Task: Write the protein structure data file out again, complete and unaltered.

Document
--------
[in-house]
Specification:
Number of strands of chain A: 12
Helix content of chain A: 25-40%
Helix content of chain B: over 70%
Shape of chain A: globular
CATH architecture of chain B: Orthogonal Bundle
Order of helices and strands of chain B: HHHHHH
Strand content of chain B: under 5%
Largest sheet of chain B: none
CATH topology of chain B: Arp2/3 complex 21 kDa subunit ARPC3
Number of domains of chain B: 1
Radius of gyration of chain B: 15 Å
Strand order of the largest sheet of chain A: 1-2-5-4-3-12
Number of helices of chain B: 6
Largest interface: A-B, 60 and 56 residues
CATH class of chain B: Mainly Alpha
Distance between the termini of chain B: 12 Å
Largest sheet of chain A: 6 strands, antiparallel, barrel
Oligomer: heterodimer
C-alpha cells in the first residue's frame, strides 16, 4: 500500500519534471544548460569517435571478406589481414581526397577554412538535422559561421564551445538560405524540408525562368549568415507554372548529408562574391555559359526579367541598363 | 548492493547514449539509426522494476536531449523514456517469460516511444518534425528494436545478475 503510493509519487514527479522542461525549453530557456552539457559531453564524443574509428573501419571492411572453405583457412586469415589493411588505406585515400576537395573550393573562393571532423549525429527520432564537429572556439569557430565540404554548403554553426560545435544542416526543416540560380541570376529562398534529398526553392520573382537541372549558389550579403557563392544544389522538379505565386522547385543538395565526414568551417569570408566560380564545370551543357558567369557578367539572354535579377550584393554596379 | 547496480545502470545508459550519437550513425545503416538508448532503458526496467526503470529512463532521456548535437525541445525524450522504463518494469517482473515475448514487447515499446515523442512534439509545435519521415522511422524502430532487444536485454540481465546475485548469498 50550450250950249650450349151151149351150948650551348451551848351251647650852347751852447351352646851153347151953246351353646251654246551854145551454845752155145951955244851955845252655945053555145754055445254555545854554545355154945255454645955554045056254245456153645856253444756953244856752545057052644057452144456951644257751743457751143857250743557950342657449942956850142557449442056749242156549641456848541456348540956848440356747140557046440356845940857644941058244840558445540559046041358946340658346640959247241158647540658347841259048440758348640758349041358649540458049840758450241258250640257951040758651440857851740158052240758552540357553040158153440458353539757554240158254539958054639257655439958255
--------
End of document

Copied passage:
[in-house]
Specification:
Number of strands of chain A: 12
Helix content of chain A: 25-40%
Helix content of chain B: over 70%
Shape of chain A: globular
CATH architecture of chain B: Orthogonal Bundle
Order of helices and strands of chain B: HHHHHH
Strand content of chain B: under 5%
Largest sheet of chain B: none
CATH topology of chain B: Arp2/3 complex 21 kDa subunit ARPC3
Number of domains of chain B: 1
Radius of gyration of chain B: 15 Å
Strand order of the largest sheet of chain A: 1-2-5-4-3-12
Number of helices of chain B: 6
Largest interface: A-B, 60 and 56 residues
CATH class of chain B: Mainly Alpha
Distance between the termini of chain B: 12 Å
Largest sheet of chain A: 6 strands, antiparallel, barrel
Oligomer: heterodimer
C-alpha cells in the first residue's frame, strides 16, 4: 500500500519534471544548460569517435571478406589481414581526397577554412538535422559561421564551445538560405524540408525562368549568415507554372548529408562574391555559359526579367541598363 | 548492493547514449539509426522494476536531449523514456517469460516511444518534425528494436545478475 503510493509519487514527479522542461525549453530557456552539457559531453564524443574509428573501419571492411572453405583457412586469415589493411588505406585515400576537395573550393573562393571532423549525429527520432564537429572556439569557430565540404554548403554553426560545435544542416526543416540560380541570376529562398534529398526553392520573382537541372549558389550579403557563392544544389522538379505565386522547385543538395565526414568551417569570408566560380564545370551543357558567369557578367539572354535579377550584393554596379 | 547496480545502470545508459550519437550513425545503416538508448532503458526496467526503470529512463532521456548535437525541445525524450522504463518494469517482473515475448514487447515499446515523442512534439509545435519521415522511422524502430532487444536485454540481465546475485548469498 50550450250950249650450349151151149351150948650551348451551848351251647650852347751852447351352646851153347151953246351353646251654246551854145551454845752155145951955244851955845252655945053555145754055445254555545854554545355154945255454645955554045056254245456153645856253444756953244856752545057052644057452144456951644257751743457751143857250743557950342657449942956850142557449442056749242156549641456848541456348540956848440356747140557046440356845940857644941058244840558445540559046041358946340658346640959247241158647540658347841259048440758348640758349041358649540458049840758450241258250640257951040758651440857851740158052240758552540357553040158153440458353539757554240158254539958054639257655439958255